The Paycheck Protection Program, or PPP, is a federal loan program aimed at helping small businesses keep their employees on their payroll through cash-flow assistance.
While you can be eligible for up to $10 million, 60% of the amount you'll get must go towards paying your employee payroll and benefits across a 24-week period, which sets a limit on the total amount you'll be loaned. Meet the requirements, though, and you won't have to pay it back.
It's a coronavirus pandemic response, and just as the pandemic has dragged on longer than many thought at first, the PPP has been through a series of updates and deadline extensions. It can all get a little confusing, particularly for the harried small business owners that it's supposed to be helping, so this article will break down all the deadlines, requirements, and applications to know about.
The current deadline is May 31, 2021 — although another extension wouldn't be a shock. Here's our guide to what the PPP does and if you qualify to benefit.
On this page:
- How Does the PPP Work? – The Complete Process
- Paycheck Protection Program Application Process
- Key Takeaways
The Paycheck Protection Program gives eligible businesses a 24-week loan to cover their payroll and expenses. Once the period is up, the businesses can file a loan forgiveness application and, if the requirements are met, can cancel some or all of their debt. Any loan not forgiven can be paid back after a loan maturity period of five years, with a 1% interest rate beginning from when the loan was received.
With some exceptions, businesses must have 500 or fewer employees to be eligible, and all loans are capped at $10 million. At least 60% of the loan must be used to fund payroll and employee benefits costs, with the remaining 40% or less available for additional expenses: Rent, utilities, and interest payments on debt or mortgage from prior to Feb 25, 2020.
The loans themselves might be called “SBA 7(a) loans,” the designation for the SBA’s loan guarantee program, which includes the PPP loans although it's not limited to them. Other terms might be used, like payroll protection program or loan forgiveness, but they all refer to the same thing, which this article will just call the Paycheck Protection Program, or PPP.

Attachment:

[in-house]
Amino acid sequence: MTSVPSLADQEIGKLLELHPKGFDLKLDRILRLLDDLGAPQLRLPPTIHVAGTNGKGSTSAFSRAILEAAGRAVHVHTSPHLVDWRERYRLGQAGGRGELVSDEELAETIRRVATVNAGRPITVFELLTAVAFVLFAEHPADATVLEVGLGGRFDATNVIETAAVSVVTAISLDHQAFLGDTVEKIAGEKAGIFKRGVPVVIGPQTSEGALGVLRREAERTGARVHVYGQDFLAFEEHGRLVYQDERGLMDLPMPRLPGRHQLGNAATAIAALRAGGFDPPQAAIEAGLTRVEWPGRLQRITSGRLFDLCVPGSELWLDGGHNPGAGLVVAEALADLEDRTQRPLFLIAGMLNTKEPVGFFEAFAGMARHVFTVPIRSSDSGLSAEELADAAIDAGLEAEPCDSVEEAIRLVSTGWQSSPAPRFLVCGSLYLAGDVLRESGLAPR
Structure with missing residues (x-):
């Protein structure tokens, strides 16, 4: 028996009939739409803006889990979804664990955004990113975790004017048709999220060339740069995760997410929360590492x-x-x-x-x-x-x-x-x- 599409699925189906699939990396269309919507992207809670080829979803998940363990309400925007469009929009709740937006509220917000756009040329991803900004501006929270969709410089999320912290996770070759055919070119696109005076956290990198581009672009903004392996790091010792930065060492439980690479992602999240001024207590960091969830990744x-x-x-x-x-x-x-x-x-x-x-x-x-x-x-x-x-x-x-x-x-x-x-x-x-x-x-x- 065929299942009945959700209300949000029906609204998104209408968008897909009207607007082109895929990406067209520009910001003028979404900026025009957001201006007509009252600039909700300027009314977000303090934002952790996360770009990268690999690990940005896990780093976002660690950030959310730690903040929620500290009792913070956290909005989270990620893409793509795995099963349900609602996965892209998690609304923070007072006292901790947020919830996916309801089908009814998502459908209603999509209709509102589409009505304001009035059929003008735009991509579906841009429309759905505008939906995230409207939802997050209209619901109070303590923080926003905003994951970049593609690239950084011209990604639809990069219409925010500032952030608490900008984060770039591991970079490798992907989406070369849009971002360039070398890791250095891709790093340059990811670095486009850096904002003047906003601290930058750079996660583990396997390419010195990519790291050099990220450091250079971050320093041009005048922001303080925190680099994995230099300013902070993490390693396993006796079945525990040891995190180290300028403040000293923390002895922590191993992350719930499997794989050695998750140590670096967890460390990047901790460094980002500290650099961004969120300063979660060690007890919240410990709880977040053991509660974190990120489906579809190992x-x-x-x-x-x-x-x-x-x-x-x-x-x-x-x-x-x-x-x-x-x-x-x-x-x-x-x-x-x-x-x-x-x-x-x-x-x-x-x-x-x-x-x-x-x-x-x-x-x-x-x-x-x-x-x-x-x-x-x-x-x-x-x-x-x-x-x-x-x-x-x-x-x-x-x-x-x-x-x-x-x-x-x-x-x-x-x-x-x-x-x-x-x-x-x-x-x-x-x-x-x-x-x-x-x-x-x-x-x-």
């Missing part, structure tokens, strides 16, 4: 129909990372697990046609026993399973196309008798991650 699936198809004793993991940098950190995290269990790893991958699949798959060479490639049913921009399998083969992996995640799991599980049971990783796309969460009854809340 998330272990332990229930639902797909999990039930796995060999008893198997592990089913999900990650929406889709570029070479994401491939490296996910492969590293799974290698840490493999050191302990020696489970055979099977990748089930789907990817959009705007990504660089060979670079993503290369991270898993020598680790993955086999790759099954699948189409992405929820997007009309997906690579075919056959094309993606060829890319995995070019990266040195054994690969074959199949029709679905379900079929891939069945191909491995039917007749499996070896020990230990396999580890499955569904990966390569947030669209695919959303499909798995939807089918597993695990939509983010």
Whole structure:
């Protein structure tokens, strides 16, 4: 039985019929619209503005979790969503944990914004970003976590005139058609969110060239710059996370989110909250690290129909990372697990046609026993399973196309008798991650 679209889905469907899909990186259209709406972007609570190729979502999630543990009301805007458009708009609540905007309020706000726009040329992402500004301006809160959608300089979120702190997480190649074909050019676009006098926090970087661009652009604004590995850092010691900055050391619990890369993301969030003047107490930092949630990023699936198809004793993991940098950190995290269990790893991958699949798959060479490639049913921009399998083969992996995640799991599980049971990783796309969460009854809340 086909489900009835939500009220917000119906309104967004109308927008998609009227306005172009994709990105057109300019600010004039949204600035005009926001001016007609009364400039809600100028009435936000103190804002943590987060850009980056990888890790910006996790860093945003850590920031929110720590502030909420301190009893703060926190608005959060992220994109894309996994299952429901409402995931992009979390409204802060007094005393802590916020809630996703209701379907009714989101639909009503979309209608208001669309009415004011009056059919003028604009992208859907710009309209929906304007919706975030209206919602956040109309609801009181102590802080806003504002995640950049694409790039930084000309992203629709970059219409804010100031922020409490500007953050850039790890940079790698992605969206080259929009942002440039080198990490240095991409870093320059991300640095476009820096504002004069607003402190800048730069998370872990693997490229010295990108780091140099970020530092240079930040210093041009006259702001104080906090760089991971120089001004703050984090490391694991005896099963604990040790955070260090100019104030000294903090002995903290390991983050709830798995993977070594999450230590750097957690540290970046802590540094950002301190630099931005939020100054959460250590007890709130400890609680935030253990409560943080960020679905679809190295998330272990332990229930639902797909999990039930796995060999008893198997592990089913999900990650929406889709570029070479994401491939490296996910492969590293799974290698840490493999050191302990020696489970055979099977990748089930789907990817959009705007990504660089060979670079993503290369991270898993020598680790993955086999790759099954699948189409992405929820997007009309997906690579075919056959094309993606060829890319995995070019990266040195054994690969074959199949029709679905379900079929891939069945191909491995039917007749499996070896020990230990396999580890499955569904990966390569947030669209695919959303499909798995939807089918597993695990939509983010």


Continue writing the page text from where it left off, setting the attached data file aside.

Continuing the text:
Here's a quick timeline of the bills and extensions related to the PPP:
- March 27, 2020 — The Coronavirus Aid, Relief, and Economic Security (CARES) Act passes, opening up the Paycheck Protection Program (PPP) through the Small Business Administration (SBA).
- June 5, 2020 — The PPP Flexibility Act of 2020 is enacted, extending the covered period to 24 weeks.
- December 27, 2020 — The Consolidated Appropriations Act 2021 goes into effect, adding the second draw PPP loan for businesses still struggling after their first PPP loan.
- March 11, 2021 — The American Rescue Plan Act further revises details of the PPP.
- March 30, 2021 — The PPP Extension Act extends the PPP application deadline by two months, to May 31, 2021.
For clarity, we cut out a few additional extensions: The initial deadline was actually June 2020, but all you need to know is that the current deadline is May 31, 2021.
Qualifying for a PPP loan – Am I Eligible?
There are four main considerations that can help your business determine its eligibility for both the first and the second draw PPP.
First, your business must have been in operation since February 15, 2020. If you officially started the business after that date, you're not in the program's target audience of businesses that were around before the coronavius pandemic began.
Second, you'll need to actually be a small business. Specifically, first draw PP makes businesses with fewer than 500 employees eligible for up $10 million in loans, designated to cover payroll and other expenses. “Fewer than 500 employees” covers a lot: Sole proprietorships, self-employed workers, and independent contractors. Private non-profits and 501(c)(19) veterans organizations are included as well. The amount is capped at 2.5 times the business's average monthly payroll cost.
There's an additional qualifying factor: If your operation's primary business activity is in the food service or hospitality industries, the 500-employee limit only applies per location. To figure out if that applies to your business, head over to the US Census website's NAICS search form and search a keyword to see what NAICS code applies to your business. NAICS 72 is the code that qualifies your location.
Third, you'll need to know which businesses within those qualifications are excluded for other reasons. Your affiliation could be one excluding factor: If a small business is controlled by a larger entity, like a parent company, then the 500-employee limit applies to that larger entity instead of the smaller business. Real estate is the classic example, but affiliation can also disqualify companies funded by private equity or venture capital.